Kim Jong Un signaled he may end a four-year-old freeze on major weapons tests, threatening to ratchet up tensions with the U.S. and force North Korea’s nuclear program back onto the Biden administration’s agenda.
Kim ordered ruling party leaders Wednesday to “promptly examine the issue of restarting all temporarily suspended activities,” state media said, in an apparent reference to the moratorium he started ahead of unprecedented talks with former President Donald Trump. North Korea must reconsider its “trust-building measures” and begin “immediately bolstering more powerful physical means, which can efficiently control the hostile moves of the U.S.,” Kim told the Workers’ Party meeting, according to the official Korean Central News Agency.
While North Korea has fired off sporadic volleys of short-range rockets for more than two years, Kim hasn’t launched an intercontinental ballistic missile since November 2017 or tested a nuclear bomb since September of that year. The lack of tests of weapons that directly threaten the U.S. mainland has made it easier for President Joe Biden to avoid another confrontation with Kim, like when Trump threatened to unleash “fire and fury” against the regime.
The meeting in Pyongyang represents the clearest sign yet that Kim is moving to end his self-imposed isolation after rejecting overtures from the U.S. and South Korea and closing his border with China to prevent coronavirus outbreaks. Forcing a crisis with Washington may be the 38-year-old leader’s best chance to break a diplomatic stalemate that has kept crippling sanctions in place and left the economy smaller than when he took power a decade ago.
South Korean defense stocks rose after the statement, with Victek Co. jumping as much as 9.3% to its highest level since Sept. 17. Korea Aerospace Industries Ltd. gained as much as 6.2% while Hanwha Aerospace Co. was up 4.5%.
North Korea has already in January conducted the most ballistic missiles tests in a month since 2019, while promising a “stronger and certain reaction” to a fresh round of U.S. sanctions against people accused of securing materials for the regime’s weapons program. In the past week, North Korea resumed rail-borne trade with its biggest benefactor China, in another sign it needs outside help.
“One of things we don’t know is just how dire the food, economic and health situation is inside the country right now,” said Scott Harold, a senior political scientist with the Rand Corp. who specializes in North Asia security policies. “If what’s behind the reality is that they are really, really suffering, that Kim fears he’s losing control and the only way out is an ‘escalate to de-escalate’ scenario, you can imagine that something that looks to the outside like a risky scenario could be something that might appeal to the young leader.”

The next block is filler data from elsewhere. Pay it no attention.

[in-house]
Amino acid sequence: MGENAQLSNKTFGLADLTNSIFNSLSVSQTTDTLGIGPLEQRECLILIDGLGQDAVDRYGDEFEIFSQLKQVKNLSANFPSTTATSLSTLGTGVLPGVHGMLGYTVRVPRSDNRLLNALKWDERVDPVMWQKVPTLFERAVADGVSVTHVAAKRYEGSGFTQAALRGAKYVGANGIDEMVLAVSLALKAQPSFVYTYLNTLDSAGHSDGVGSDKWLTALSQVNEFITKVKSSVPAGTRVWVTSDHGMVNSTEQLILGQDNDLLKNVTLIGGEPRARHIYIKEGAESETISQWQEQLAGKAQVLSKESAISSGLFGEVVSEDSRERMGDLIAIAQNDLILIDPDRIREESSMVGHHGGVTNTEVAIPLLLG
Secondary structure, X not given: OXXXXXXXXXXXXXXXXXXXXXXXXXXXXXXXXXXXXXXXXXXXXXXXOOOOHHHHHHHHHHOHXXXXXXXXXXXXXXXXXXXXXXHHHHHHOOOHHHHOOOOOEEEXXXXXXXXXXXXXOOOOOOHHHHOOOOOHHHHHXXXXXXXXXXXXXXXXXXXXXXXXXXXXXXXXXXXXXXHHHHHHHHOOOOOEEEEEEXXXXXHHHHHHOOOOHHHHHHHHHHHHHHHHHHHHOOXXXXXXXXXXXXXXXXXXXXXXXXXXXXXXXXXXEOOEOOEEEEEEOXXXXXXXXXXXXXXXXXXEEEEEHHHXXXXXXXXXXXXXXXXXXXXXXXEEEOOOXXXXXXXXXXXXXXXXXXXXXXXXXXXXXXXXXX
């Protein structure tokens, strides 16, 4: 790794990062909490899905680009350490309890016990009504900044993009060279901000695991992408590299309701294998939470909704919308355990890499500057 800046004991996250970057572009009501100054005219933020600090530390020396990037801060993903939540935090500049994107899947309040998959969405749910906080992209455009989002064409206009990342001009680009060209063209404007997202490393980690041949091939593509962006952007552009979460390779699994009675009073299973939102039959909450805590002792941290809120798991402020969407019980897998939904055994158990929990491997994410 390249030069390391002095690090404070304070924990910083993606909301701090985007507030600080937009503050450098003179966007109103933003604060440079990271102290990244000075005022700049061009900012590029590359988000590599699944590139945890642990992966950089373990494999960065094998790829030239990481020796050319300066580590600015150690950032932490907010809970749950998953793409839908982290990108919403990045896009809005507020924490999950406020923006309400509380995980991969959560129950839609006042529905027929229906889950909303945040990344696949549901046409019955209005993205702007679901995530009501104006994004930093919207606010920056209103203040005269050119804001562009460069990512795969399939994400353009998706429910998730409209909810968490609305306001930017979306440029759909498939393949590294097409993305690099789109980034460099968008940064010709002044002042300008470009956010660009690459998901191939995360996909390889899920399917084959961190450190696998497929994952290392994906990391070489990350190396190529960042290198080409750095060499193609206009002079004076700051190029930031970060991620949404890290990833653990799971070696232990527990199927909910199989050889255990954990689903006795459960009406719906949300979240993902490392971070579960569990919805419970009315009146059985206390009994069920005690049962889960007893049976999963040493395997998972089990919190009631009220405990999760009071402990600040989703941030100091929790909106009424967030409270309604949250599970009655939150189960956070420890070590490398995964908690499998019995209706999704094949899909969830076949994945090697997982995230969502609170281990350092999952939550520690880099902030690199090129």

The U.S. has sought United Nations Security Council action over North Korea’s missile tests, which violate the body’s resolutions. On Wednesday, U.S. Deputy Secretary of State Wendy Sherman condemned the tests and, during a call with South Korean counterpart Choi Jong-kun, expressed support for a return to talks. The tensions ensure North Korea will be high on the agenda during South Korea’s presidential election planned for March 9.
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Ankit Panda, a senior fellow in the nuclear policy program at the Carnegie Endowment for International Peace, said Kim was likely using the latest U.S. sanctions as an excuse to resume testing of new and yet-unproven weapons. Those include what’s believed to be the world’s largest road-mobile ICBM, which North Korea paraded through Pyongyang in October 2020.
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“Kim’s giving himself some flexibility, but is laying the groundwork for a resumption of long-range missile testing,” said Panda, who also wrote “Kim Jong Un and the Bomb: Survival and Deterrence in North Korea.” “They were bound to get back to testing longer-range missiles at some point.”
The new ICBM could allow North Korea to pack multiple atomic weapons on a single rocket in an attempt to overcome the missile shields that protect the U.S. mainland. Kim has also displayed medium-range missiles, such as Pukguksong-4 and Pukguksong-5, that appeared designed to be launched from either land or sea and potentially have ranges to hit all of Japan.
Other potential actions include a satellite launch or firing a missile over Japan, something North Korea hasn’t done since September 2017. Detonating another nuclear bomb would be even more provocative, although it’s unclear where such tests could be conducted after Kim dismantled the underground facility used for the country’s previous six tests.
“Kim’s ultimate goal is to lift sanctions,” said Cha Du-hyeogn, who was a security adviser to former South Korean President Lee Myung-bak and now is a visiting research fellow at the Asan Institute for Policy Studies. “If he doesn’t see that, he is most likely to accelerate his nuclear capabilities designed to target the U.S. mainland, which would be in turn boost his negotiating power against Washington.”
North Korea long ago restarted some “temporarily suspended activities,” such as restarting plutonium-producing operations at its main Yongbyon nuclear site and expanding a plant that enriches uranium for weapons.
“While this is more strongly worded than past formulations, it still leaves room for Kim Jong Un to ratchet up or lower rhetoric as he sees fit,” said Jenny Town, a senior fellow at the Stimson Center and the Director of Stimson’s 38 North Program. “It’s a strong response to the recent sanctions, as you would expect from North Korea.”
—With assistance from Jeong-Ho Lee, Jihye Lee, Eunkyung Seo, Daniel Ten Kate and Youkyung Lee
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